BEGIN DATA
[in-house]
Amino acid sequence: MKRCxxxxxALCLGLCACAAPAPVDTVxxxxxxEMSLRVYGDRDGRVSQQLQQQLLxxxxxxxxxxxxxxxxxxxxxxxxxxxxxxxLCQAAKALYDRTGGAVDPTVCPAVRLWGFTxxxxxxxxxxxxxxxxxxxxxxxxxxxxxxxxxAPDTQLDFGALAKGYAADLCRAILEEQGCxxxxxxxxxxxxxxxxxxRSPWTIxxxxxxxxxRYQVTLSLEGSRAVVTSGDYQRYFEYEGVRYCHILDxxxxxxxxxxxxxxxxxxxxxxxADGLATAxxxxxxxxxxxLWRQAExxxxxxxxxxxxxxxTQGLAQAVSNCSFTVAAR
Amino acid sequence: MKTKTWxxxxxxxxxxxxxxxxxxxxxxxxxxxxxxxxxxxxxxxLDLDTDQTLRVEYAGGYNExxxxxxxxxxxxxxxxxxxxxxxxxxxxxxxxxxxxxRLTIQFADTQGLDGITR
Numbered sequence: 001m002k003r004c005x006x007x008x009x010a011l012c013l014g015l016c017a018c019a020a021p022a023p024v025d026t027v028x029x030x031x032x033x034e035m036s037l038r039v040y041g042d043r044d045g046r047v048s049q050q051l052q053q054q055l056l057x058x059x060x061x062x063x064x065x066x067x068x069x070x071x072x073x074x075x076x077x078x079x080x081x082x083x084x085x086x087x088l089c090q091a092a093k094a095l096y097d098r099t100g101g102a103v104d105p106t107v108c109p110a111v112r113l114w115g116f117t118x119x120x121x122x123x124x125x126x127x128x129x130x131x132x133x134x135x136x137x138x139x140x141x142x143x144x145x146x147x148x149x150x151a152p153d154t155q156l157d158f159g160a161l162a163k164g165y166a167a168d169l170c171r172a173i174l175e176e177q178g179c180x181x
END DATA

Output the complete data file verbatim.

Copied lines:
[in-house]
Amino acid sequence: MKRCxxxxxALCLGLCACAAPAPVDTVxxxxxxEMSLRVYGDRDGRVSQQLQQQLLxxxxxxxxxxxxxxxxxxxxxxxxxxxxxxxLCQAAKALYDRTGGAVDPTVCPAVRLWGFTxxxxxxxxxxxxxxxxxxxxxxxxxxxxxxxxxAPDTQLDFGALAKGYAADLCRAILEEQGCxxxxxxxxxxxxxxxxxxRSPWTIxxxxxxxxxRYQVTLSLEGSRAVVTSGDYQRYFEYEGVRYCHILDxxxxxxxxxxxxxxxxxxxxxxxADGLATAxxxxxxxxxxxLWRQAExxxxxxxxxxxxxxxTQGLAQAVSNCSFTVAAR
Amino acid sequence: MKTKTWxxxxxxxxxxxxxxxxxxxxxxxxxxxxxxxxxxxxxxxLDLDTDQTLRVEYAGGYNExxxxxxxxxxxxxxxxxxxxxxxxxxxxxxxxxxxxxRLTIQFADTQGLDGITR
Numbered sequence: 001m002k003r004c005x006x007x008x009x010a011l012c013l014g015l016c017a018c019a020a021p022a023p024v025d026t027v028x029x030x031x032x033x034e035m036s037l038r039v040y041g042d043r044d045g046r047v048s049q050q051l052q053q054q055l056l057x058x059x060x061x062x063x064x065x066x067x068x069x070x071x072x073x074x075x076x077x078x079x080x081x082x083x084x085x086x087x088l089c090q091a092a093k094a095l096y097d098r099t100g101g102a103v104d105p106t107v108c109p110a111v112r113l114w115g116f117t118x119x120x121x122x123x124x125x126x127x128x129x130x131x132x133x134x135x136x137x138x139x140x141x142x143x144x145x146x147x148x149x150x151a152p153d154t155q156l157d158f159g160a161l162a163k164g165y166a167a168d169l170c171r172a173i174l175e176e177q178g179c180x181x